The world is risking locking itself into an inefficient, insecure, high-carbon future unless decisive action is taken swiftly, warned the International Energy Agency (IEA) yesterday.
The admonition came as the organisation launched the latest edition of its World Energy Outlook (WEO).
Governments around the globe need to introduce stronger measures to drive energy efficiency and low-carbon technologies, says IEA executive director Maria van der Hoeven.
“Growth, prosperity and rising population will inevitably push up energy needs over the coming decades. But we cannot continue to rely on insecure and environmentally unsustainable uses of energy,” she says.
According to the scenario modelled in the WEO, cumulative CO2 emissions will drive the long-term average temperature rise to 3.5°C.
The model assumes primary energy demand will rise by a third between now and 2035, driven mainly by non-OECD economies, with the proportion of fossil fuels in use falling from 81% to 75% and renewables increasing from 13% to 18%.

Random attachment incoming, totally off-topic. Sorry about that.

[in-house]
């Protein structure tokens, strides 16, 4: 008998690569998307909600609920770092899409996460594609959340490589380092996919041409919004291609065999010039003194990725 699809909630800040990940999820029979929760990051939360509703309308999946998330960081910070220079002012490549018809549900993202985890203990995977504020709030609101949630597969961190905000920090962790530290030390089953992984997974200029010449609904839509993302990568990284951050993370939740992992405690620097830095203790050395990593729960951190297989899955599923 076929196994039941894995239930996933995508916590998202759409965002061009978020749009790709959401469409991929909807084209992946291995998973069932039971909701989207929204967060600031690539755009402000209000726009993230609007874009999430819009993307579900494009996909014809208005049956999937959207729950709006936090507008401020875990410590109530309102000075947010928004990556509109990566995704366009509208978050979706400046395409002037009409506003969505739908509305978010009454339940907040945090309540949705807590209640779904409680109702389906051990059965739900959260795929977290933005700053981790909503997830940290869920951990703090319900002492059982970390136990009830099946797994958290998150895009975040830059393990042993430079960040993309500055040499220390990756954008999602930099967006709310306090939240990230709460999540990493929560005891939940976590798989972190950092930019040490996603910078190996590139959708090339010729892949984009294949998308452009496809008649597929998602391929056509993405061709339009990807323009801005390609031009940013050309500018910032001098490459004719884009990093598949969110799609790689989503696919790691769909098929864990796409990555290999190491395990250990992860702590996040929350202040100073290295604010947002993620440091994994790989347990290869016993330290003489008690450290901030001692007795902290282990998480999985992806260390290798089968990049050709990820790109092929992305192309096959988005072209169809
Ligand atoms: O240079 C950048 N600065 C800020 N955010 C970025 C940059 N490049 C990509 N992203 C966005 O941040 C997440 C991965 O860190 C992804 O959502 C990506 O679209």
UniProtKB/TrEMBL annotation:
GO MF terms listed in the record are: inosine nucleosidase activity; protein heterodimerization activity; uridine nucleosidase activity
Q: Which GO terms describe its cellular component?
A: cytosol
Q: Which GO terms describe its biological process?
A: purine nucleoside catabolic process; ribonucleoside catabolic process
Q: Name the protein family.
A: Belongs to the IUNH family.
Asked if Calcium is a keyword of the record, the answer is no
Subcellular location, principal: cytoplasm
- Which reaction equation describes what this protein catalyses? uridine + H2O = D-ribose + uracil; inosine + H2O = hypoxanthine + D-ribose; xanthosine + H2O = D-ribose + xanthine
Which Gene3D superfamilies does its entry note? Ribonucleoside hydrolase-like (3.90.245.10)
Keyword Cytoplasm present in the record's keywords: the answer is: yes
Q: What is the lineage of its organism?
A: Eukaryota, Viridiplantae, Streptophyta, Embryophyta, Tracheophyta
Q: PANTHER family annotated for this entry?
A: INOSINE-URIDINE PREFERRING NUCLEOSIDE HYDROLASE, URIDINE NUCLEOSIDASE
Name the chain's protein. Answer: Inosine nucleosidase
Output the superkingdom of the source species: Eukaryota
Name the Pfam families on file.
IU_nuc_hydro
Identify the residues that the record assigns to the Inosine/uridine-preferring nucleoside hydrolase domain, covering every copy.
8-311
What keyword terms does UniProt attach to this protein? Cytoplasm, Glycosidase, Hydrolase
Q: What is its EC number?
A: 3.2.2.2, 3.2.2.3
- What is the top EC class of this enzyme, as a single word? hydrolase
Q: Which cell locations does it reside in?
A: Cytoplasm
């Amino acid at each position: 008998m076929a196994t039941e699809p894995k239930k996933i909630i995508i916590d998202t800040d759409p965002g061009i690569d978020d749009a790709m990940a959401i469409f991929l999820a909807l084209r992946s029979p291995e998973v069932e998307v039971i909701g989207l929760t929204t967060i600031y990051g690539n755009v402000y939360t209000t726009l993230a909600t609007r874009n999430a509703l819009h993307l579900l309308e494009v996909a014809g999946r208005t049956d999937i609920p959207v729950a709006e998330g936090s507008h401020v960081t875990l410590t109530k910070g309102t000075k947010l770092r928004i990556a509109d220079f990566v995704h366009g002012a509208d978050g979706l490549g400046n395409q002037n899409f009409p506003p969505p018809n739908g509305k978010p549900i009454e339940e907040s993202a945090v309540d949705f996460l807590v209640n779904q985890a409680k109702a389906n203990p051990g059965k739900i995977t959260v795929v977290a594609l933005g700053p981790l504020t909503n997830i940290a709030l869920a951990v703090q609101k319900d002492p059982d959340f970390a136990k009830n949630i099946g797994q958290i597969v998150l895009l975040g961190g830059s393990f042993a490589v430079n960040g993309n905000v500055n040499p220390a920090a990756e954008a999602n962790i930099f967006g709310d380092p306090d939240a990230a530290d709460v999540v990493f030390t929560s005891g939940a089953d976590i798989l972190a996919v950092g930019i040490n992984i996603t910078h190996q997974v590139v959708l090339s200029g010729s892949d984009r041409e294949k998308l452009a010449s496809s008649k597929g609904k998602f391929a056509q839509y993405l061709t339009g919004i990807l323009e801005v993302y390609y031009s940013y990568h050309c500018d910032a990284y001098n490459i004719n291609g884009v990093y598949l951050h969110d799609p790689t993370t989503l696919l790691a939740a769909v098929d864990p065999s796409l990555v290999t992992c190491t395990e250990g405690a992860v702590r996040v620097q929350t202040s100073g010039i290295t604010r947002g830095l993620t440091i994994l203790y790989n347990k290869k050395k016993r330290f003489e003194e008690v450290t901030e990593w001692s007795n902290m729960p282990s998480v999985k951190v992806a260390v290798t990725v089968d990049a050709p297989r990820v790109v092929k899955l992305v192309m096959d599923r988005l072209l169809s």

While such an increase in renewables will require subsidies to rise from current levels of around $64 billion to $250 billion in 2035, this is still much less than the subsidies for fossil fuels that currently amount to £409 billion, points out the IEA.
But the starkest warning of the report is that if new policies are not implemented by 2017 the world is on track for an average temperature rise of 6°C.
The world has already reached the point of 390 parts per million (ppm) of CO2, four-fifths of the way to the limit of 450 ppm that would keep temperature rises to 2°C.
“As each year passes without clear signals to drive investment in clean energy, the ‘lock-in’ of high-carbon infrastructure is making it harder and more expensive to meet our energy security and climate goals,” says IEA’s chief economist Fatih Birol.
For further information:
IEA calls for phase out of $0.5 trillion fossil fuel subsidies (7-Oct)
Industrial sector should adopt carbon capture and storage, says IEA (22-Sept)
Uncertainty puts paid to global carbon market growth (3-Jun)
10 November 2011